These Dating Tips will Help Any Viking Get a Girlfriend
These Dating Tips will Help Any Viking Get a Girlfriend

These Dating Tips will Help Any Viking Get a Girlfriend

Alli - October 13, 2021

These Dating Tips will Help Any Viking Get a Girlfriend
Viking Queen. Google Images

Viking Women could divorce their husbands

While the law did not require that a woman consent to her marriage, it seems to have been a very good idea to get her approval, for in the sagas, “all five marriages made contrary to the stated will of the girl are unmitigated disasters, ending with the passing, maiming, or divorce of the husband”. The Icelandic law code,Grágás, allows divorce in only three cases. The first was if the couple gave each other “large wounds” or meira sar metiz, generally defined as those wounds which penetrated the brain, body cavity or marrow. The second was the case in which a couple was too poor to support themselves and had to rely on their families for support, in which case they could be forced to divorce by their kin, or a divorce might be granted “if one spouse with little or no money of his- or her own was suddenly charged with the support of poor relatives”, thus enabling the solvent member of the partnership to escape with his- or her goods safe from predation by in-laws. The third legal provision for divorce was if a husband tried to take his wife out of the country against her will. If one of these conditions was not cited,Grágás states that “no divorce shall exist”. This may be due to the fact that the redactions ofGrágás which we possess today have been influenced to some degree by canon law, for the sagas list a whole variety of grounds for divorce which are not mentioned in the law code.

The reasons given in the sagas for divorce would be familiar to any modern-day divorce court. First were problems with relatives, such as a family feud, or one spouse failing to treat the family of the other “with due consideration”. Family violence was also a reason for divorce, especially in those parts of Scandinavia heavily influenced by Christianity where divorce was harder to obtain. Aside from the “large wounds” cited inGrágás, a spouse might seek a divorce because the other partner made mocking verses about him or her, excessive anger or jealousy displayed by one spouse, or if one partner slapped the other. Slapping a spouse, especially in front of witnesses, was considered extremely humiliating. TheGulaþing Law of Norway made special provisions against a husband slapping his wife: if a man struck his wife in front of witnesses, she could not only claim monetary compensation for the blows equal to what he would have received had another man struck him, the wife had the right to divorce the husband on top of the fine after the third slap. Slapping a wife is the most common reason given for a divorce in the sagas.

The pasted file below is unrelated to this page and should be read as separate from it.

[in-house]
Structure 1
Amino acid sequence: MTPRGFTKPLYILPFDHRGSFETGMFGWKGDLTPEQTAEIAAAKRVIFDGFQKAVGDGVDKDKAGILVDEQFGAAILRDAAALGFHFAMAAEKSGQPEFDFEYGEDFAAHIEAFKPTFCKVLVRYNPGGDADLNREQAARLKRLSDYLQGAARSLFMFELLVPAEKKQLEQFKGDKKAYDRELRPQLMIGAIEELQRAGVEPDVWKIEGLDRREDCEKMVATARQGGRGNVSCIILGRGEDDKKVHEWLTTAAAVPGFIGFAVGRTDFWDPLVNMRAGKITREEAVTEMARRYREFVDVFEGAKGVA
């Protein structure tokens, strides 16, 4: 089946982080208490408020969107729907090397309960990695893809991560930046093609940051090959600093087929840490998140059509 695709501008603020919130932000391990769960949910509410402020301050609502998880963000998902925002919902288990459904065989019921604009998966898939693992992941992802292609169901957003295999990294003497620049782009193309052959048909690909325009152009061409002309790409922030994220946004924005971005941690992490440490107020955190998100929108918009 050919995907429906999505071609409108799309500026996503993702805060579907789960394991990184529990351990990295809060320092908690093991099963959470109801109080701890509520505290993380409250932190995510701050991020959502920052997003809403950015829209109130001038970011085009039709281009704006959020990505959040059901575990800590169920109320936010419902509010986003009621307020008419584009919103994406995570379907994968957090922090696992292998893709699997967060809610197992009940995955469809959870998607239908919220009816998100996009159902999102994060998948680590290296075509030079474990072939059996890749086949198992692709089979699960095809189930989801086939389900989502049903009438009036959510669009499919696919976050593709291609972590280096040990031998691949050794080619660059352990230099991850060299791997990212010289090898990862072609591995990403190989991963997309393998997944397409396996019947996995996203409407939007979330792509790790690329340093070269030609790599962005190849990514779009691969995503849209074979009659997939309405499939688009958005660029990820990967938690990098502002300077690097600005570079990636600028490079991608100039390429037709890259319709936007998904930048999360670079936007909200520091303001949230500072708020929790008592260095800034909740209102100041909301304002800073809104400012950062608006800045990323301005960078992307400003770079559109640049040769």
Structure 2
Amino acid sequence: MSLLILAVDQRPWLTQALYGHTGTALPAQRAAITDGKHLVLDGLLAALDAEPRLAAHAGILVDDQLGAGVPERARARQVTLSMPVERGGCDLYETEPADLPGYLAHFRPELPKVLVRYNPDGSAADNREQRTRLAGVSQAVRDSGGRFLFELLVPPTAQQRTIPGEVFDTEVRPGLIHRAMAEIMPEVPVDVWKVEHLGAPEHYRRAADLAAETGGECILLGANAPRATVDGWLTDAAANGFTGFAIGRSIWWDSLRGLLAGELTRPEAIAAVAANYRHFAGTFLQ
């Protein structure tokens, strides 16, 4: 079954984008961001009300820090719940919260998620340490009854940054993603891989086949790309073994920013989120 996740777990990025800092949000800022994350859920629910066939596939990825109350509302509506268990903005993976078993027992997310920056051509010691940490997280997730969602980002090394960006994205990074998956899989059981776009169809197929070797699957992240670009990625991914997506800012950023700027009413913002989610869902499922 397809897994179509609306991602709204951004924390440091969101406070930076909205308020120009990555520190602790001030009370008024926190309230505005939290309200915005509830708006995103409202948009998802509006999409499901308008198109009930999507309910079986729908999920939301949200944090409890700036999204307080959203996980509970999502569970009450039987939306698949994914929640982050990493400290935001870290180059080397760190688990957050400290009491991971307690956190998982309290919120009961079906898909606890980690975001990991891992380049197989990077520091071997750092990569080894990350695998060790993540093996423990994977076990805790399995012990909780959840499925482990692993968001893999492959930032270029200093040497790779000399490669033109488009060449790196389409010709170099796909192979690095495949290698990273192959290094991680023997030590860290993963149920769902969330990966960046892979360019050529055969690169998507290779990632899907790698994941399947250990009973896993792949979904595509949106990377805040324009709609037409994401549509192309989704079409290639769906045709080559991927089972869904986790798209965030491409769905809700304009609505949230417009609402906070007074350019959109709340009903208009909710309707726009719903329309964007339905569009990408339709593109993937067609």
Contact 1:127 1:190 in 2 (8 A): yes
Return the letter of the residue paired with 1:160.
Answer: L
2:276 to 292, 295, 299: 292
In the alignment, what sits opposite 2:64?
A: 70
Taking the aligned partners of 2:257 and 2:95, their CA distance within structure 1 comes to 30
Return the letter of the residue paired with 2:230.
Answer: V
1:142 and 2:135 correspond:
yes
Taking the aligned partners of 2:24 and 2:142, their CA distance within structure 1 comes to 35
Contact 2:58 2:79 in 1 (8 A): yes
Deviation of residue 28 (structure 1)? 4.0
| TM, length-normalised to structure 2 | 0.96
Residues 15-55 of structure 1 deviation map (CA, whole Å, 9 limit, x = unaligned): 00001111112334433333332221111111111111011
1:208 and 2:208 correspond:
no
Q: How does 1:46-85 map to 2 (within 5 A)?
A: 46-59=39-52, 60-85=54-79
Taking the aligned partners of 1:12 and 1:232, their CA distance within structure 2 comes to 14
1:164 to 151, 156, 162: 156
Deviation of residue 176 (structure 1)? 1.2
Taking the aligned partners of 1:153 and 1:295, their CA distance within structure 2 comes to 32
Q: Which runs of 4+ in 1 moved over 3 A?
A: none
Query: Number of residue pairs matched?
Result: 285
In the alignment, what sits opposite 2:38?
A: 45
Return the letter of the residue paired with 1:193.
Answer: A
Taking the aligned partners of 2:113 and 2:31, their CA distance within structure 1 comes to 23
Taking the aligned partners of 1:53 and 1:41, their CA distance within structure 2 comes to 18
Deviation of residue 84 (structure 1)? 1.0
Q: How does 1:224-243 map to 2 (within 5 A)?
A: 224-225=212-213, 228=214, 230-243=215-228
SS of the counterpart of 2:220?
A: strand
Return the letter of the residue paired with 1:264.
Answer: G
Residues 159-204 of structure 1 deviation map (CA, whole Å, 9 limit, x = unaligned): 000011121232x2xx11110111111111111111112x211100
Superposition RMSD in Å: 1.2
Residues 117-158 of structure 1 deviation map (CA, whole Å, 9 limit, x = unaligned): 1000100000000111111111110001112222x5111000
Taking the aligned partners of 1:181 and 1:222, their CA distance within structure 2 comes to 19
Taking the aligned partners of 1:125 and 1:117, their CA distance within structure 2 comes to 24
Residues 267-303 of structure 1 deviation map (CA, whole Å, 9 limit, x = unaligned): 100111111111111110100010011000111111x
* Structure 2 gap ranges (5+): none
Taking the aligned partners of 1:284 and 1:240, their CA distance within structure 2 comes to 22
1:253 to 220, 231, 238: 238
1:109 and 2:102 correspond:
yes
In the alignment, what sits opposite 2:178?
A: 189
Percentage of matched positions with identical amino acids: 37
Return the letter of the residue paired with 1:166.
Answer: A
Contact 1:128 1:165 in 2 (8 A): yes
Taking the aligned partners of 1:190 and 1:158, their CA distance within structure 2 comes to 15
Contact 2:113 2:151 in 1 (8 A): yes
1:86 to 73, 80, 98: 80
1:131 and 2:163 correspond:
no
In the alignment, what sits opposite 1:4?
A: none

These Dating Tips will Help Any Viking Get a Girlfriend
Men in Viking society should never take a passive role… especially physically. Wikimedia.

Homosexuality for men was… complicated

Pre-Christian Norse views on homosexuality weren’t simple. While Viking cultures seemed to be accepting of physical relationships between two men, it was more complicated. Men were still expected to marry women. There was never a way out of that which did not result in social ostracism. But when married, a wife was expected to ignore any extramarital affairs her husband entertained, whether it be with men or women. But intimacy with a wife was always a must – mostly to procure children. Of course, we’ll talk a bit more about how a woman had legal grounds to divorce her husband if she was not satisfied in bed. So other than not being able to marry a male counterpart, it sounds like it was pretty open, right? This is where it gets even more complicated.